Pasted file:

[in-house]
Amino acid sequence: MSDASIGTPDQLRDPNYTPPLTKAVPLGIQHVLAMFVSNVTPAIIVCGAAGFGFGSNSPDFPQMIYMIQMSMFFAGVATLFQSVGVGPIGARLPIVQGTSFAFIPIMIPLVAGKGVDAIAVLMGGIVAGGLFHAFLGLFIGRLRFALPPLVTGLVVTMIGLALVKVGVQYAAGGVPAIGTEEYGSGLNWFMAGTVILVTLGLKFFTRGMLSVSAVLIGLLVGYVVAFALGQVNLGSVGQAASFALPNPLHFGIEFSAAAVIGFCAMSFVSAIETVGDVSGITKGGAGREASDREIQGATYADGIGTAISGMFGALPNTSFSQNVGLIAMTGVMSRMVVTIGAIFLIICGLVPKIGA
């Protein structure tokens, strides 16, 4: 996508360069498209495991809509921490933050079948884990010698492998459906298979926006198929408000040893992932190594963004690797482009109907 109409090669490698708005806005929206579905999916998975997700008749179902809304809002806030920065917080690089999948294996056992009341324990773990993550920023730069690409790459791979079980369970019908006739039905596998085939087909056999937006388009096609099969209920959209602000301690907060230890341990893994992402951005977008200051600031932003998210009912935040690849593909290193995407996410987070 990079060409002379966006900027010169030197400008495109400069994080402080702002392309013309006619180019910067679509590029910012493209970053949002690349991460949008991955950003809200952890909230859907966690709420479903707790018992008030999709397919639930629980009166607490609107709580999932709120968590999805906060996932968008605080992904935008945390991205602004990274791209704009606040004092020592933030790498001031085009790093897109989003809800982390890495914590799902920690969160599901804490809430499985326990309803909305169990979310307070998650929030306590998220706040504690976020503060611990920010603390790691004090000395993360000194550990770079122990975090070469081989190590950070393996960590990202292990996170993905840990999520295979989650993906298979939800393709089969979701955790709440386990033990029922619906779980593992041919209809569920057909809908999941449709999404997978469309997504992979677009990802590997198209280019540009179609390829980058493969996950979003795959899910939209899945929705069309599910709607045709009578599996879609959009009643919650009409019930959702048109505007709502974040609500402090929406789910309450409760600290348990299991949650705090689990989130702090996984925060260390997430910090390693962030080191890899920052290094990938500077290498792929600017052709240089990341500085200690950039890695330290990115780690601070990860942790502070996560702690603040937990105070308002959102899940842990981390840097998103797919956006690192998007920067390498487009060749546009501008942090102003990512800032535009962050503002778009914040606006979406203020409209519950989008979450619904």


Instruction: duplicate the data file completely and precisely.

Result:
[in-house]
Amino acid sequence: MSDASIGTPDQLRDPNYTPPLTKAVPLGIQHVLAMFVSNVTPAIIVCGAAGFGFGSNSPDFPQMIYMIQMSMFFAGVATLFQSVGVGPIGARLPIVQGTSFAFIPIMIPLVAGKGVDAIAVLMGGIVAGGLFHAFLGLFIGRLRFALPPLVTGLVVTMIGLALVKVGVQYAAGGVPAIGTEEYGSGLNWFMAGTVILVTLGLKFFTRGMLSVSAVLIGLLVGYVVAFALGQVNLGSVGQAASFALPNPLHFGIEFSAAAVIGFCAMSFVSAIETVGDVSGITKGGAGREASDREIQGATYADGIGTAISGMFGALPNTSFSQNVGLIAMTGVMSRMVVTIGAIFLIICGLVPKIGA
């Protein structure tokens, strides 16, 4: 996508360069498209495991809509921490933050079948884990010698492998459906298979926006198929408000040893992932190594963004690797482009109907 109409090669490698708005806005929206579905999916998975997700008749179902809304809002806030920065917080690089999948294996056992009341324990773990993550920023730069690409790459791979079980369970019908006739039905596998085939087909056999937006388009096609099969209920959209602000301690907060230890341990893994992402951005977008200051600031932003998210009912935040690849593909290193995407996410987070 990079060409002379966006900027010169030197400008495109400069994080402080702002392309013309006619180019910067679509590029910012493209970053949002690349991460949008991955950003809200952890909230859907966690709420479903707790018992008030999709397919639930629980009166607490609107709580999932709120968590999805906060996932968008605080992904935008945390991205602004990274791209704009606040004092020592933030790498001031085009790093897109989003809800982390890495914590799902920690969160599901804490809430499985326990309803909305169990979310307070998650929030306590998220706040504690976020503060611990920010603390790691004090000395993360000194550990770079122990975090070469081989190590950070393996960590990202292990996170993905840990999520295979989650993906298979939800393709089969979701955790709440386990033990029922619906779980593992041919209809569920057909809908999941449709999404997978469309997504992979677009990802590997198209280019540009179609390829980058493969996950979003795959899910939209899945929705069309599910709607045709009578599996879609959009009643919650009409019930959702048109505007709502974040609500402090929406789910309450409760600290348990299991949650705090689990989130702090996984925060260390997430910090390693962030080191890899920052290094990938500077290498792929600017052709240089990341500085200690950039890695330290990115780690601070990860942790502070996560702690603040937990105070308002959102899940842990981390840097998103797919956006690192998007920067390498487009060749546009501008942090102003990512800032535009962050503002778009914040606006979406203020409209519950989008979450619904």